Cooked on the bone, shank is excellently suited for roasting or braising. Due to its high content of connective tissue, it requires a longer cooking time depending on the size of the joint. It is also a very tasty ingredient in savoury hotpots. The aromatic meat and bones of this cut also go to make strong savoury gravies and stocks.

​8. Innards

​8. Innards

Lamb innards are very tasty and – like the meat itself – can be used in the kitchen in any number of ways.


Lamb kidneys are considered a special delicacy among gourmets and star chefs. Like the kidneys of all other animals, lamb kidneys must be watered for about one hour before cooking, ideally under running water to rinse out any toxic products. In addition, any visible fat and tubelets should be removed before further preparation. Lamb kidneys can be fried or braised whole or cut in half. Grilled kidneys are a special delicacy – tasting their very best when diced and put on a skewer.


Lamb liver is dark and very tender. Before cooking, the skin covering the lamb liver must be removed and any tubelets cut out. Lamb liver can be fried whole or sliced, and can also be into strips. Another tasty delicacy is lamb liver on a skewer with other pieces of lamb as lamb kebab.


Lamb heart is a firm meat with a savoury flavour. It can be cooked in a variety of ways and tastes excellent no matter whether braised, fried, or grilled.

Boned mutton

AHDB Code: Trim M001
MLC Code: 49100
90% mutton without visible fat.

Mutton loin

AHDB Code: Loin M004
MLC Code: 43160


Lamb fat

AHDB Code: Trim L002
MLC Code: 39200
Fat from entire lamb carcass.

Mutton – leg and chump without shank (boned)

AHDB Code: Leg M002
MLC Code: 40210
Boned leg and chump without shank meat.

Boned lamb

AHDB Code: Trim L001
MLC Code: 39100
90% lamb meat without visible fat.


AHDB Code: Forequarter L004
MLC Code: 38160
Neck pieces.

Scrag fillet

AHDB Code: Forequarter L016
MLC Code: 38155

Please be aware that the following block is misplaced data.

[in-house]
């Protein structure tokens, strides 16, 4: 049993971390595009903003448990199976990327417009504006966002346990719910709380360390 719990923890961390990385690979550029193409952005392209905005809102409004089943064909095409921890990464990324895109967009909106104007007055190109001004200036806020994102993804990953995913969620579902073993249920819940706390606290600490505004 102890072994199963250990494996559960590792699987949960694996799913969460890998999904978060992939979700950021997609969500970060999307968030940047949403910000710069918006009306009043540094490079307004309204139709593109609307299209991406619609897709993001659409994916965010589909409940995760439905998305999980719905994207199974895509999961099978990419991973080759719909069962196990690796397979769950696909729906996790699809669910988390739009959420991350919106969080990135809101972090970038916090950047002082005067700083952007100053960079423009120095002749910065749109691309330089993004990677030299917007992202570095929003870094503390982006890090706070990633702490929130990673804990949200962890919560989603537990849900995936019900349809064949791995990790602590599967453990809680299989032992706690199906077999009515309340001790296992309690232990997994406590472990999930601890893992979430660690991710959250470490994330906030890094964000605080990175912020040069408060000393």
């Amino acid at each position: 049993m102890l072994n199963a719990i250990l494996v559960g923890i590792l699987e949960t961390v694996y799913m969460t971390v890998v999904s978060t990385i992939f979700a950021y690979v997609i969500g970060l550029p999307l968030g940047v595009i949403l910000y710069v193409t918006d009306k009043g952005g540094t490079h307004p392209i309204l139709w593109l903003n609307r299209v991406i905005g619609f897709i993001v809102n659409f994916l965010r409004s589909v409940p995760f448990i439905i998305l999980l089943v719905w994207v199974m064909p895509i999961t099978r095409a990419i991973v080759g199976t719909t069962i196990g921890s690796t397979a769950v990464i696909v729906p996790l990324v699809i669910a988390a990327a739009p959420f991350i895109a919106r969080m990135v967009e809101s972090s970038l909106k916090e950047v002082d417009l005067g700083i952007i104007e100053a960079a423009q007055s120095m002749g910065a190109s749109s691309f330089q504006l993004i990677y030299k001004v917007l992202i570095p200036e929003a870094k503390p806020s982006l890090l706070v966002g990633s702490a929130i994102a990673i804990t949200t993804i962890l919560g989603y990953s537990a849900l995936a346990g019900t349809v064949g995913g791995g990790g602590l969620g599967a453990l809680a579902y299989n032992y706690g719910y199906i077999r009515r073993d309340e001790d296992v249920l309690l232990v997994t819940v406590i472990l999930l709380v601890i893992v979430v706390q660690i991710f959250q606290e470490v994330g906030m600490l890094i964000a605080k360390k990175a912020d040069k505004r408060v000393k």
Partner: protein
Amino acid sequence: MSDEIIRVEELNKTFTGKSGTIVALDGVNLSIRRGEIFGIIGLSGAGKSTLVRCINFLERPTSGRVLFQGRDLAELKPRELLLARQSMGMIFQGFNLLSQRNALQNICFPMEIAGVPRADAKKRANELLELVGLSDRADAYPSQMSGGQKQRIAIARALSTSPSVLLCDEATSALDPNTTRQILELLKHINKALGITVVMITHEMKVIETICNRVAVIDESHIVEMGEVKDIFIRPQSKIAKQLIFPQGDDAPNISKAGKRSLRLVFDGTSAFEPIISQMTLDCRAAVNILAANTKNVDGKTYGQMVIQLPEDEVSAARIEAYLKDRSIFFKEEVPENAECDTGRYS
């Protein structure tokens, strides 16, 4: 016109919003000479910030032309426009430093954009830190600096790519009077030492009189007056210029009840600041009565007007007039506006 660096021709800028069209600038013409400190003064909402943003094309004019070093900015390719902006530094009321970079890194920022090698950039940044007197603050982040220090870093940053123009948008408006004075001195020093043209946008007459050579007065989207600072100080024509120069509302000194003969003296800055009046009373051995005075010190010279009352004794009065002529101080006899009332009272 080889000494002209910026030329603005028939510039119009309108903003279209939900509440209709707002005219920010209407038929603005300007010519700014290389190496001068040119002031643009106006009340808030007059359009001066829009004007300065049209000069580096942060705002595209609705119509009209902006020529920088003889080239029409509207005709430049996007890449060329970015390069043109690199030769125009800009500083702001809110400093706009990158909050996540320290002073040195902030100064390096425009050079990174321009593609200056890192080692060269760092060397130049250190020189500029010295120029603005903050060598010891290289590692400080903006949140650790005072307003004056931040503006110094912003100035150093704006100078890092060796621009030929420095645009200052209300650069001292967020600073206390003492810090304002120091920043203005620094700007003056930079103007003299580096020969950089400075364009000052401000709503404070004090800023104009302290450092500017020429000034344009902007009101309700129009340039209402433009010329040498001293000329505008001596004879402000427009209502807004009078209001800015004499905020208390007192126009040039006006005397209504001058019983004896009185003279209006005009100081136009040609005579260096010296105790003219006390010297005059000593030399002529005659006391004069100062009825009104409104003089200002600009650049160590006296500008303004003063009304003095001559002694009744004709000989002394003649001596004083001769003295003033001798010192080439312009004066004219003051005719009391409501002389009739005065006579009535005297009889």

Scrag fillet, yellow cartilage removed, square-trimmed.

Shoulder – boned and rolled

AHDB Code: Forequarter L007
MLC Code: 38150
Boned shoulder, inner fat deposits and major cartilage removed. Evenly rolled and both ends square-trimmed.

Shank from forequarter

AHDB Code: Forequarter L019
MLC Code: 38140
Foreshank, square-trimmed end.

Lamb tenderloins

AHDB Code: Loin L026
MLC Code: 33170
Lamb tenderloins in portion cuts.


AHDB Code: Forequarter L023
MLC Code: 38131
Round, untrimmed shoulder joint. The shoulder-blade cartilage is not removed.

Lamb cannon

AHDB Code: Loin L016
MLC Code: 33160
Lamb cannon, cut from the lumbar section.

Rack – with bone and cap

AHDB Code: Loin L010
MLC Code: 33140
The rib section of the loin is used.

Rack – with bone, without cap

AHDB Code: Loin L044
MLC Code: 33150
Lamb rack, without cap and back fat.

Half loin

AHDB Code: Loin L009
MLC Code: 33130
The length of the flanks is max. one-and-a-half times that of the loin muscle.


AHDB Code: Breast L002
MLC Code: 35110
Brisket without jowls and thin section of flank.


AHDB Code: Breast L004
MLC Code: 35120
Jowls from forequarter.


AHDB Code: Leg L028
MLC Code: 32310
The topside is removed from the leg without the silverside. Fat and tendons completely removed.

Chump – boned

AHDB Code: Leg L009
MLC Code: 32301
The chump is removed from the leg and boned.

Chump – with bone

AHDB Code: Leg L008
MLC Code: 32300
The chump is removed from the leg.

Leg – boned and rolled

AHDB Code: Leg L007
MLC Code: 32213
Chump and shank are removed from the leg, which is then boned and rolled.


AHDB Code: Leg L022
MLC Code: 32122
Removed from the leg, some heel muscle spared to ensure a succulent shank.

Leg with chump – French cut

AHDB Code: Leg L004
MLC Code: 32212
The leg is partly boned, chump meat still attached. Leg without bone.

Leg without chump

AHDB Code: Leg L003
MLC Code: 32121
The leg is partly boned and the chump, tail, and chump bone are removed from the leg. Shank bone and excess fat are removed.

Leg with chump

AHDB Code: Leg L001
MLC Code: 32211
Whole leg and chump.

Brisket with flank

AHDB Code: Breast L003
MLC Code: 35100
Brisket without jowls, but with thin section of flank.

Loins with bone

AHDB Code: Loin L002
MLC Code: 33120
The flanks are removed at a length one-and-a-half times that of the loin muscle.

Legs with chump

AHDB Code: Leg L029
MLC Code: 32110
Unsplit leg.

Hindquarter and legs

AHDB Code: Loin L045
MLC Code: 31120
Brisket and flanks removed. Forequarter separated from carcass between sixth and seventh ribs.

Short forequarter

AHDB Code: Forequarter L001
MLC Code: 38120
Short forequarter with six ribs.